Deloitte sees global revenue grow 5.5% to $47.6B despite coronavirus

Register now

Deloitte reported Tuesday that its global revenue increased to $47.6 billion for the fiscal year ending May 31, 2020, a 5.5 percent increase in terms of local currency, despite the challenges of the COVID-19 pandemic in the latter half of the year.

Deloitte reported that its audit and assurance practice grew 2.6 percent, its consulting practice grew 7.1 percent, the financial advisory practice grew 3.0 percent, the risk advisory practice grew 5.6 percent, and its combined tax and legal practice grew 6.5 percent.

Deloitte and other large firms such as PwC, Ernst & Young and BDO have been reporting revenue increases in recent weeks despite the pandemic (see story). However, that doesn’t mean the accounting profession has been immune to the economic downturn this year, and a number of firms have been forced to lay off staff. Most firms saw business drop off steeply this past spring and summer as the pandemic spread across the U.S. and other parts of the world.

In the first nine months of fiscal year 2020, prior to the effects of the pandemic and global slowdown, Deloitte said its aggregate growth rate was 8.9 percent in local currency terms and 7.5 percent in U.S. dollars, with all Deloitte businesses and regions experiencing growth. The Americas region saw 4.6 percent growth in terms of local currency, the EMEA (Europe, Middle East and Africa) region experienced 6.5 growth, and Asia grew 6.6 percent.

“FY2020 has been a tale of two halves,” said Deloitte Global CEO Punit Renjen in a statement. “In the first part of the year, we were serving our clients, people, and communities as normal, then the COVID-19 pandemic struck, bringing with it a level of global disruption we’ve rarely seen in our 175-year history. Our number one priority has remained the health and safety of our people. From the beginning, we adopted a ‘people-first’ approach recognizing that we all needed flexibility and support to adjust to the new normal. Amidst a tragedy that has affected millions, we continue to focus on our professionals’ mental and physical wellbeing as well as addressing the pandemic’s profound impact on our clients and communities.”

Deloitte reported that as the pandemic spread and led to a global lockdown, the firm prioritized safety and business continuity, while supporting communities in need. It virtualized its business to emphasize employee safety and continuing business operations, while leveraging flexible work arrangements and adopting technology to foster virtual collaboration. The firm also adjusted schedules to accommodate the obligations of team members, clients and their families. Deloitte accelerated the rollout of a personalized virtual learning system, which allowed a quick transition from in-person to online learning experiences. The new digital learning system gives employees access to skills training, along with business and industry knowledge.

Deloitte has also been helping its clients respond to the pandemic’s various challenges, offering guidance on supply chain risks and disruptions, workforce strategies, business continuity and financial management, along with various technology and digital solutions.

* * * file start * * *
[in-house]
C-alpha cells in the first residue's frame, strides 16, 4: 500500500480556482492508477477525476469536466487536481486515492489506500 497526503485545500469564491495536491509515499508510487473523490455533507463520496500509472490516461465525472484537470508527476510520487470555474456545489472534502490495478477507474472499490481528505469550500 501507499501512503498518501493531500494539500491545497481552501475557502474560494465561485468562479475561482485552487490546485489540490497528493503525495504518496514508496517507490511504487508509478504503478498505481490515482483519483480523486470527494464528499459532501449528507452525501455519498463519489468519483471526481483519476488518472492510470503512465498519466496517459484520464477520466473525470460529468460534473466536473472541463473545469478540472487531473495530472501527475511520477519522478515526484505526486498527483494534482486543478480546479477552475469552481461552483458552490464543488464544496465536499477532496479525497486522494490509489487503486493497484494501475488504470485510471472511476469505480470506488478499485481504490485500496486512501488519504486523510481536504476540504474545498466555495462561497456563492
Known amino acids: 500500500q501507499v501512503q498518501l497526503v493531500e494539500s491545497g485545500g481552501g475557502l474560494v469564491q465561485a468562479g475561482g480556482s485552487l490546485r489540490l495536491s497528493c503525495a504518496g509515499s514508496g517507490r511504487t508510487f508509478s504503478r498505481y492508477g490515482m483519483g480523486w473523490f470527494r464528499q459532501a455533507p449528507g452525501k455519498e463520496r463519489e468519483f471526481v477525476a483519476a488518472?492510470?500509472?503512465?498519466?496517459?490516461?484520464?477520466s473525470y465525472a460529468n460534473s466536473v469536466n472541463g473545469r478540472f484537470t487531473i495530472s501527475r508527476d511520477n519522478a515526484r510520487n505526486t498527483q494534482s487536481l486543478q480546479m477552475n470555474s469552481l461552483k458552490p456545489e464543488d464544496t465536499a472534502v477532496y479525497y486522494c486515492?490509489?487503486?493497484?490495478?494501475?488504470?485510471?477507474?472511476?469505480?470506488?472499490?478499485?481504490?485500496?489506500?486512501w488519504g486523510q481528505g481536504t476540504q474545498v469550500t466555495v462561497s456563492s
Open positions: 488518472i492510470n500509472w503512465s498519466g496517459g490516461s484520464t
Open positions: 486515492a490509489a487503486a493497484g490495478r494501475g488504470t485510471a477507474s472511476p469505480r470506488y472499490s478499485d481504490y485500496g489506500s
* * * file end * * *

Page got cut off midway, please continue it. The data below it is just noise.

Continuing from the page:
Deloitte has also been trying to help communities around the world deal with the impact of the pandemic, contributing nearly $20 million in donations and employee time. The firm said it has provided in-kind donations of laptops and electronics for virtual learning to support millions of students globally, along with airline credits and personal protective equipment for health care workers.

Deloitte staff also offered nearly 60,000 pro bono hours in skills and expertise to communities in need. That included 3D-printed medical supplies in Spain, a crowdsourcing app to provide frontline workers with grocery deliveries in Canada, and an initiative to deliver 250,000 meals in India to people experiencing food scarcity during the lockdown.

For the future, Deloitte said it wants to create a more equitable and just world in the wake of the pandemic. The firm said it has committed to addressing systemic racism and injustice by redoubling its efforts to advance respect and inclusion, embracing diversity in all its forms. This commitment includes working toward gender parity throughout the career lifecycle; advancing LGBT+ inclusion and allyship; and expanding mental health resources to support people in both normal and extraordinary times.

The firm is also working to combat climate change and has developed two programs to drive responsible climate choices within and beyond its organization. Those include a global, strategic service offering to provide an expanded set of professional services and insights to help clients respond and adapt to the challenge of climate change across their business value chain. Through its WorldClimate strategy, Deloitte is committing to achieving net-zero emissions by 2030, ahead of the 2050 timeframe set by the Paris climate agreement, as well as “operating green,” and extending the impact beyond the firm. Specific goals include reducing business travel; sourcing 100 percent renewable energy for Deloitte’s buildings; converting 100 percent of the firm’s fleet to hybrid and electric vehicles; and engaging with major suppliers to adopt science-based targets. Deloitte said it would also invest in market solutions for emissions it can’t eliminate.

The firm plans to align its climate policies, practices and actions across its organization by designating a senior leader who will be responsible for climate in each geography; prioritizing discussion of climate change on executive agendas; and embedding climate considerations into decisions on office operations, real estate and investments.

For reprint and licensing requests for this article, click here.
Deloitte International accounting Coronavirus Climate change Diversity and equality
MORE FROM ACCOUNTING TODAY